Reply To: Water Drain

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#100723
Oliver Kreylos
Keymaster

There are many brands/makes of USB buttons, but they vary widely in their capabilities, and it’s usually not specified what exactly they do. That’s dangerous.

In our AR Sandbox, we use a two-button switch, Delcom 706502-F, where the red button drains and the blue button deposits water.

Delcom also has one-button switches, such as this one, but they are rather pricey. On the upside, they are robust and known to work.

Delcom’s switches are programmable via a Windows-based utility available from their web site. They can be programmed as mouse buttons, keyboard keys, or joystick buttons. The ideal configuration for the AR Sandbox is one or two joystick buttons. Most cheap USB buttons only emulate keyboard keys, and usually in a dumb way that makes them unusable for the AR Sandbox.

To use a USB switch that’s configured as joystick button(s), one has to create a patch configuration file that makes it available as an additional input device, and then bind a water management tool to the new device’s button(s) using Vrui’s standard tool binding interface. Alternatively, one can bind a water management tool automatically via the same patch configuration file. Here’s the file I use to bind our two-button box to the add water / remove water functions:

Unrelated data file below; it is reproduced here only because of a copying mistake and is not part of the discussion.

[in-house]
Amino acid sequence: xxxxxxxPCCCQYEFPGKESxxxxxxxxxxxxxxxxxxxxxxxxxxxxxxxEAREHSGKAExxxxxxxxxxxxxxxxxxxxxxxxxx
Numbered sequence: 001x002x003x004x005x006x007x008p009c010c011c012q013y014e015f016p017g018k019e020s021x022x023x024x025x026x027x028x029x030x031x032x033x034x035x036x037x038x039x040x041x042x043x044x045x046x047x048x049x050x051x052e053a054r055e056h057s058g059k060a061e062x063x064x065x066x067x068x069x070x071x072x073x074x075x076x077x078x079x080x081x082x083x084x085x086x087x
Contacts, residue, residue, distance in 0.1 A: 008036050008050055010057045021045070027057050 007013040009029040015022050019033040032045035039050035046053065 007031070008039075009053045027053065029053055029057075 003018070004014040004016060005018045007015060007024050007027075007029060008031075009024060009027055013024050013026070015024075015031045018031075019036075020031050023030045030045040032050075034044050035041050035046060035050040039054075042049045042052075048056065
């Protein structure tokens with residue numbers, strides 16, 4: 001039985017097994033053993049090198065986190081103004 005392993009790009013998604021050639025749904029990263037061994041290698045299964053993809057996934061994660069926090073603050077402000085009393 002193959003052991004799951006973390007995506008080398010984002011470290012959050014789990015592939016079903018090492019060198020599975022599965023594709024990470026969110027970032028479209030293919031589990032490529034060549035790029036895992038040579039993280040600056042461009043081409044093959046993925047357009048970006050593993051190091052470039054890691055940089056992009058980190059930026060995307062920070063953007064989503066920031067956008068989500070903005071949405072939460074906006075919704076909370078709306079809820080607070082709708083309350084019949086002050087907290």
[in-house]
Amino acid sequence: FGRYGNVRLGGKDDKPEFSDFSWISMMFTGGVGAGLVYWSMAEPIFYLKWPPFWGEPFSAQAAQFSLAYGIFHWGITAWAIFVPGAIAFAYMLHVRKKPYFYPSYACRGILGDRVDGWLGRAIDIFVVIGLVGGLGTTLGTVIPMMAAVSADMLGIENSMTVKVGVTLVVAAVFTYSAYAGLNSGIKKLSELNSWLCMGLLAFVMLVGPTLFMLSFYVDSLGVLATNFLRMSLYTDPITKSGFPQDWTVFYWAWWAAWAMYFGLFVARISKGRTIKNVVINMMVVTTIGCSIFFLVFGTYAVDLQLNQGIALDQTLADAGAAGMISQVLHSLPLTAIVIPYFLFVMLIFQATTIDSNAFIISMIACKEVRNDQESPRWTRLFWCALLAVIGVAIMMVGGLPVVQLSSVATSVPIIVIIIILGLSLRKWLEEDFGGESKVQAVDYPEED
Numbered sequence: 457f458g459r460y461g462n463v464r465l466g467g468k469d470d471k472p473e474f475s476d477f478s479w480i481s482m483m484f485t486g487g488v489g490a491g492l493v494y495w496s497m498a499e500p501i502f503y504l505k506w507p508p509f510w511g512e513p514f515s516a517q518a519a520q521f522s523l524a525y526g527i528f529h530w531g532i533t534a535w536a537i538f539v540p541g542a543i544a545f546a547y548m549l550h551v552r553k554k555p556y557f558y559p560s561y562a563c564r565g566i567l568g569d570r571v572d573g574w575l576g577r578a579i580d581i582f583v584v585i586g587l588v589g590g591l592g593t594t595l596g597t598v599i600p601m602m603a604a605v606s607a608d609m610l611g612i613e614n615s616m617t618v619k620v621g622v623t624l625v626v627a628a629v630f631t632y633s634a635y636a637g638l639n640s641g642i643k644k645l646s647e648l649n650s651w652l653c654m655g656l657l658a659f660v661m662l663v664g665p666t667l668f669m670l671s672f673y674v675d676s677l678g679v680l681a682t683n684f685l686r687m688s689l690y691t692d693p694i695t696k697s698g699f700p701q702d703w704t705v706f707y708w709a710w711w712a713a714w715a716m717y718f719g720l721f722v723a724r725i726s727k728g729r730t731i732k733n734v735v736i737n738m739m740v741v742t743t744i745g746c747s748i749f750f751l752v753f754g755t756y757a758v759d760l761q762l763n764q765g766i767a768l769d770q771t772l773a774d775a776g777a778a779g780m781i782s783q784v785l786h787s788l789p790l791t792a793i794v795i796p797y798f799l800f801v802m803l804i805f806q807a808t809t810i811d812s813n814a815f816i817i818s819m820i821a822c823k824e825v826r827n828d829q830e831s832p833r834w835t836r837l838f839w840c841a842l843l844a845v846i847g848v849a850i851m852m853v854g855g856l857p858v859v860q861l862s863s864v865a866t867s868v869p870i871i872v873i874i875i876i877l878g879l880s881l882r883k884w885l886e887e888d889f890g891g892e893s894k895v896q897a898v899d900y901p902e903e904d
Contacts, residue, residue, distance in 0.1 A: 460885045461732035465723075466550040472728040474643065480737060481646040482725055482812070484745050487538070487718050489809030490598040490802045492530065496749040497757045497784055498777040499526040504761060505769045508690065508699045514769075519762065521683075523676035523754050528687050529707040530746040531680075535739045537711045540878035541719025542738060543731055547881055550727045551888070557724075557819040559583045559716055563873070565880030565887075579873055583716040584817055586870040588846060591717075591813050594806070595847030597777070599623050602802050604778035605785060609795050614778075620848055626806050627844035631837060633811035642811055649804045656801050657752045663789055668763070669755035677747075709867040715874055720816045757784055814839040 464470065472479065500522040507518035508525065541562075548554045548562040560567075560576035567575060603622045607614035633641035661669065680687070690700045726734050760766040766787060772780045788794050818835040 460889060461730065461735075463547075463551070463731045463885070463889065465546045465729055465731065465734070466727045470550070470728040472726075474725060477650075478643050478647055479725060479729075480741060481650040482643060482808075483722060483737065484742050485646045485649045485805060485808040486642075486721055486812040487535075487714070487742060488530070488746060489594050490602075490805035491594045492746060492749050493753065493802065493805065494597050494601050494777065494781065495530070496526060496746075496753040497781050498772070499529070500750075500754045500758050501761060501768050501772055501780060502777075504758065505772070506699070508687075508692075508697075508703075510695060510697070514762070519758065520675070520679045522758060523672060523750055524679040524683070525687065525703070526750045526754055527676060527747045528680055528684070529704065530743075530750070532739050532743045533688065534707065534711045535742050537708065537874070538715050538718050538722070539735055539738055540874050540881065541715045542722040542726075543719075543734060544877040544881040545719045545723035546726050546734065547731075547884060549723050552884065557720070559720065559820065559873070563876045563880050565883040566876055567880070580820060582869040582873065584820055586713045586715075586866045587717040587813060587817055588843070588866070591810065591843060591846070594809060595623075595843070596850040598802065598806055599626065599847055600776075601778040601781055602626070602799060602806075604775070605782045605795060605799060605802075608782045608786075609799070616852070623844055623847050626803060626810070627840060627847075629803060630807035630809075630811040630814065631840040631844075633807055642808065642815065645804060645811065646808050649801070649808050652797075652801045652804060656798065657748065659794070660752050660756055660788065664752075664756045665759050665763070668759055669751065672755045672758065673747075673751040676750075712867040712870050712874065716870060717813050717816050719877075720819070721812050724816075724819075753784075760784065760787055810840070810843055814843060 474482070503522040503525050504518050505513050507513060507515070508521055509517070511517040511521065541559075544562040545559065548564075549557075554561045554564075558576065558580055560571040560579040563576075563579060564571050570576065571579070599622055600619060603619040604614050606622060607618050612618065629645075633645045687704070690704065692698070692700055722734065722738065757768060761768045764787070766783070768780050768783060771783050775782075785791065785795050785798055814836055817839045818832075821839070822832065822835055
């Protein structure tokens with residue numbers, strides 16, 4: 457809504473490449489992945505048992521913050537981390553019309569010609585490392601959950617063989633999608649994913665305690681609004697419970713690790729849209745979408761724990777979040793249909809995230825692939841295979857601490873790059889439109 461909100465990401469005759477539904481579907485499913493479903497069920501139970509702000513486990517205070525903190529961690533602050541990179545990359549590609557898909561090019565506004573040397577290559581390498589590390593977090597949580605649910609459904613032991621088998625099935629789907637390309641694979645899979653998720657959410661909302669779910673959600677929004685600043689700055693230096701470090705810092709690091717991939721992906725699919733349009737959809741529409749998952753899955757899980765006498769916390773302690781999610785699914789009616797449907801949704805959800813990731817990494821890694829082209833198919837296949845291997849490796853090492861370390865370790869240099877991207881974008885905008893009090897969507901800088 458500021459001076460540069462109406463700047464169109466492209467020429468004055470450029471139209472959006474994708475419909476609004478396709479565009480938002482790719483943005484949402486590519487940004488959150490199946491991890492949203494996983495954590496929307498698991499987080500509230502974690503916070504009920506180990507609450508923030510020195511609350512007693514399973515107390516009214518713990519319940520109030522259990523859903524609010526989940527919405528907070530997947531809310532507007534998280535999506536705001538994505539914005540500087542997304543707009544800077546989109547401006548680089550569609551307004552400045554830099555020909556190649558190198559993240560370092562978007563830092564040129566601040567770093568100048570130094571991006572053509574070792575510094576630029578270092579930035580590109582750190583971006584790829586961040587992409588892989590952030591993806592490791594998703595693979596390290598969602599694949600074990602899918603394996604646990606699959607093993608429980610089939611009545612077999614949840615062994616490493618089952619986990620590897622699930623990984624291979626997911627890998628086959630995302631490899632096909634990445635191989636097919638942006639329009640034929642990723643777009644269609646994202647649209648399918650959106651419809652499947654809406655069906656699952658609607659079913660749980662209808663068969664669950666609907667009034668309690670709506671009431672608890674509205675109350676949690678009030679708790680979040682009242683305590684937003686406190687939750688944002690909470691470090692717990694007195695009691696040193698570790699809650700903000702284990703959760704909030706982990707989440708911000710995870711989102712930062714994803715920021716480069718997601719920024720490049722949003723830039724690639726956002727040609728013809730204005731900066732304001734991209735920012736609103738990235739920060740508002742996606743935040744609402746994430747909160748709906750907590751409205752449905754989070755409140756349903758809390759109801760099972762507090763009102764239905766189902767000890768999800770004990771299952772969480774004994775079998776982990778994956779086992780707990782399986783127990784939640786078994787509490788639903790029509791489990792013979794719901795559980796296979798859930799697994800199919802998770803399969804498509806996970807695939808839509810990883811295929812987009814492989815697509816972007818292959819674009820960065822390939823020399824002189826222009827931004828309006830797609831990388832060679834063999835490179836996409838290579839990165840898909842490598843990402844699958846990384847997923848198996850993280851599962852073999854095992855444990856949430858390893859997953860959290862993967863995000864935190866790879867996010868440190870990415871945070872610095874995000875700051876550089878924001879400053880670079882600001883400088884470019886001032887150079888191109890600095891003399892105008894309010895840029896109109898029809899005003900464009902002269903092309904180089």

section Vrui
  section Desktop
    inputDeviceAdapterNames (MouseAdapter, HIDAdapter)

    section HIDAdapter
      inputDeviceAdapterType HID
      inputDeviceNames (ButtonBox)
      
      section ButtonBox
        name ButtonBox
        deviceVendorProductId 0fc5:b080
      endsection
    endsection
    
    section Tools
      section DefaultTools
        section WaterTool
          toolClass GlobalWaterTool
          bindings ((ButtonBox, Button167, Button166))
        endsection
      endsection
    endsection
  endsection
endsection

The deviceVendorProductId setting would need to be adapted to the actual switch’s ID, and the actual button names (Button166 and Button167 in our case) might have to be changed.

The name of this patch configuration file, say SandboxButtons.cfg, is then added to SARndbox’s command line as such:

$ SARndbox [usual options] -mergeConfig SandboxButtons.cfg

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